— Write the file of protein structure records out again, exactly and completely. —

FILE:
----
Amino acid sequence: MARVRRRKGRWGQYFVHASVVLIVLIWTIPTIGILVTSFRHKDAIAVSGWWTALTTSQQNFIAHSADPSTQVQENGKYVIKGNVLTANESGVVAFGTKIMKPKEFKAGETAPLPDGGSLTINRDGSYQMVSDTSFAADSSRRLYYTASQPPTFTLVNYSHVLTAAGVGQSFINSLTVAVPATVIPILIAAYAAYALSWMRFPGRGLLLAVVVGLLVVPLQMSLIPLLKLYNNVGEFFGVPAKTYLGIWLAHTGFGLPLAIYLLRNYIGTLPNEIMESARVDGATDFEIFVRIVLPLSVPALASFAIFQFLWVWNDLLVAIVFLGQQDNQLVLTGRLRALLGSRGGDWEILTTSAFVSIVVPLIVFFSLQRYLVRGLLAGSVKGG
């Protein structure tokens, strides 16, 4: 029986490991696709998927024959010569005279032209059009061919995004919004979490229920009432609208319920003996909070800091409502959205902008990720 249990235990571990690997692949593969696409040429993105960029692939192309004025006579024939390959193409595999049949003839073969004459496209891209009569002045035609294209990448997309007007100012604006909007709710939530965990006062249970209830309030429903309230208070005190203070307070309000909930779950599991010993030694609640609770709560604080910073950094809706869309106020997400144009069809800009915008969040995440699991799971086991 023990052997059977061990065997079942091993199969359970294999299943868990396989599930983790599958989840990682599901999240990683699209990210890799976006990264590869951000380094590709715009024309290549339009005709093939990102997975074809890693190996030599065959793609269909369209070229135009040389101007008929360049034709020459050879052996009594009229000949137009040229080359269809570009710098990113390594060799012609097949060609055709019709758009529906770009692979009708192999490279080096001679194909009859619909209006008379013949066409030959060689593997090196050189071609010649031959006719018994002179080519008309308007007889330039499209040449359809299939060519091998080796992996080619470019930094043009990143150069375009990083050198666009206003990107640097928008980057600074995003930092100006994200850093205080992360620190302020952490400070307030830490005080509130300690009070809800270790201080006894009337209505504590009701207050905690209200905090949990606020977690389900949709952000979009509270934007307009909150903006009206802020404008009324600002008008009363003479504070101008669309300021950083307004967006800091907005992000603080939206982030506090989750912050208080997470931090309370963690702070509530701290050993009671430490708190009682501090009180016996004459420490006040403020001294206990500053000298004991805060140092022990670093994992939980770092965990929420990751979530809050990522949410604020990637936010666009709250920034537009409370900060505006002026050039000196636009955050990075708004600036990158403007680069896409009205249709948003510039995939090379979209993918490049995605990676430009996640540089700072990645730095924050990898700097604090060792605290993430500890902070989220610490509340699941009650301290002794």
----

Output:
Amino acid sequence: MARVRRRKGRWGQYFVHASVVLIVLIWTIPTIGILVTSFRHKDAIAVSGWWTALTTSQQNFIAHSADPSTQVQENGKYVIKGNVLTANESGVVAFGTKIMKPKEFKAGETAPLPDGGSLTINRDGSYQMVSDTSFAADSSRRLYYTASQPPTFTLVNYSHVLTAAGVGQSFINSLTVAVPATVIPILIAAYAAYALSWMRFPGRGLLLAVVVGLLVVPLQMSLIPLLKLYNNVGEFFGVPAKTYLGIWLAHTGFGLPLAIYLLRNYIGTLPNEIMESARVDGATDFEIFVRIVLPLSVPALASFAIFQFLWVWNDLLVAIVFLGQQDNQLVLTGRLRALLGSRGGDWEILTTSAFVSIVVPLIVFFSLQRYLVRGLLAGSVKGG
């Protein structure tokens, strides 16, 4: 029986490991696709998927024959010569005279032209059009061919995004919004979490229920009432609208319920003996909070800091409502959205902008990720 249990235990571990690997692949593969696409040429993105960029692939192309004025006579024939390959193409595999049949003839073969004459496209891209009569002045035609294209990448997309007007100012604006909007709710939530965990006062249970209830309030429903309230208070005190203070307070309000909930779950599991010993030694609640609770709560604080910073950094809706869309106020997400144009069809800009915008969040995440699991799971086991 023990052997059977061990065997079942091993199969359970294999299943868990396989599930983790599958989840990682599901999240990683699209990210890799976006990264590869951000380094590709715009024309290549339009005709093939990102997975074809890693190996030599065959793609269909369209070229135009040389101007008929360049034709020459050879052996009594009229000949137009040229080359269809570009710098990113390594060799012609097949060609055709019709758009529906770009692979009708192999490279080096001679194909009859619909209006008379013949066409030959060689593997090196050189071609010649031959006719018994002179080519008309308007007889330039499209040449359809299939060519091998080796992996080619470019930094043009990143150069375009990083050198666009206003990107640097928008980057600074995003930092100006994200850093205080992360620190302020952490400070307030830490005080509130300690009070809800270790201080006894009337209505504590009701207050905690209200905090949990606020977690389900949709952000979009509270934007307009909150903006009206802020404008009324600002008008009363003479504070101008669309300021950083307004967006800091907005992000603080939206982030506090989750912050208080997470931090309370963690702070509530701290050993009671430490708190009682501090009180016996004459420490006040403020001294206990500053000298004991805060140092022990670093994992939980770092965990929420990751979530809050990522949410604020990637936010666009709250920034537009409370900060505006002026050039000196636009955050990075708004600036990158403007680069896409009205249709948003510039995939090379979209993918490049995605990676430009996640540089700072990645730095924050990898700097604090060792605290993430500890902070989220610490509340699941009650301290002794």